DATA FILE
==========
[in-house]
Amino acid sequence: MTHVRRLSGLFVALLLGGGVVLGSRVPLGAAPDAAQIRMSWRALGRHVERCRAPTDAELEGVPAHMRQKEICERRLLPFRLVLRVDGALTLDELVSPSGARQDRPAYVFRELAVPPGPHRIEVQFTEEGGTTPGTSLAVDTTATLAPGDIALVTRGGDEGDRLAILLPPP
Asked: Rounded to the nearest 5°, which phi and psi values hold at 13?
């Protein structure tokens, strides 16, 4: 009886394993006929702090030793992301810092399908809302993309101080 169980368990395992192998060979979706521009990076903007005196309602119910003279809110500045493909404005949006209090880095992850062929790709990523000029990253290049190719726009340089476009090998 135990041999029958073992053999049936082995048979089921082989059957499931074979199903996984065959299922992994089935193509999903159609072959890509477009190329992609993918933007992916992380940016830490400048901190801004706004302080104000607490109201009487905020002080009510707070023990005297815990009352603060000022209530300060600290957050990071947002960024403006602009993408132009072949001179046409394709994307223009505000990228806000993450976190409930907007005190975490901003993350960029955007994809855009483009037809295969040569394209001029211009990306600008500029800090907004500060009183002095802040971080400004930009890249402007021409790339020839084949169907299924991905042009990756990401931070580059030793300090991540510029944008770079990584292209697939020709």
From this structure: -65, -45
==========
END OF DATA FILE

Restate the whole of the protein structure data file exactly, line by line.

[in-house]
Amino acid sequence: MTHVRRLSGLFVALLLGGGVVLGSRVPLGAAPDAAQIRMSWRALGRHVERCRAPTDAELEGVPAHMRQKEICERRLLPFRLVLRVDGALTLDELVSPSGARQDRPAYVFRELAVPPGPHRIEVQFTEEGGTTPGTSLAVDTTATLAPGDIALVTRGGDEGDRLAILLPPP
Asked: Rounded to the nearest 5°, which phi and psi values hold at 13?
């Protein structure tokens, strides 16, 4: 009886394993006929702090030793992301810092399908809302993309101080 169980368990395992192998060979979706521009990076903007005196309602119910003279809110500045493909404005949006209090880095992850062929790709990523000029990253290049190719726009340089476009090998 135990041999029958073992053999049936082995048979089921082989059957499931074979199903996984065959299922992994089935193509999903159609072959890509477009190329992609993918933007992916992380940016830490400048901190801004706004302080104000607490109201009487905020002080009510707070023990005297815990009352603060000022209530300060600290957050990071947002960024403006602009993408132009072949001179046409394709994307223009505000990228806000993450976190409930907007005190975490901003993350960029955007994809855009483009037809295969040569394209001029211009990306600008500029800090907004500060009183002095802040971080400004930009890249402007021409790339020839084949169907299924991905042009990756990401931070580059030793300090991540510029944008770079990584292209697939020709």
From this structure: -65, -45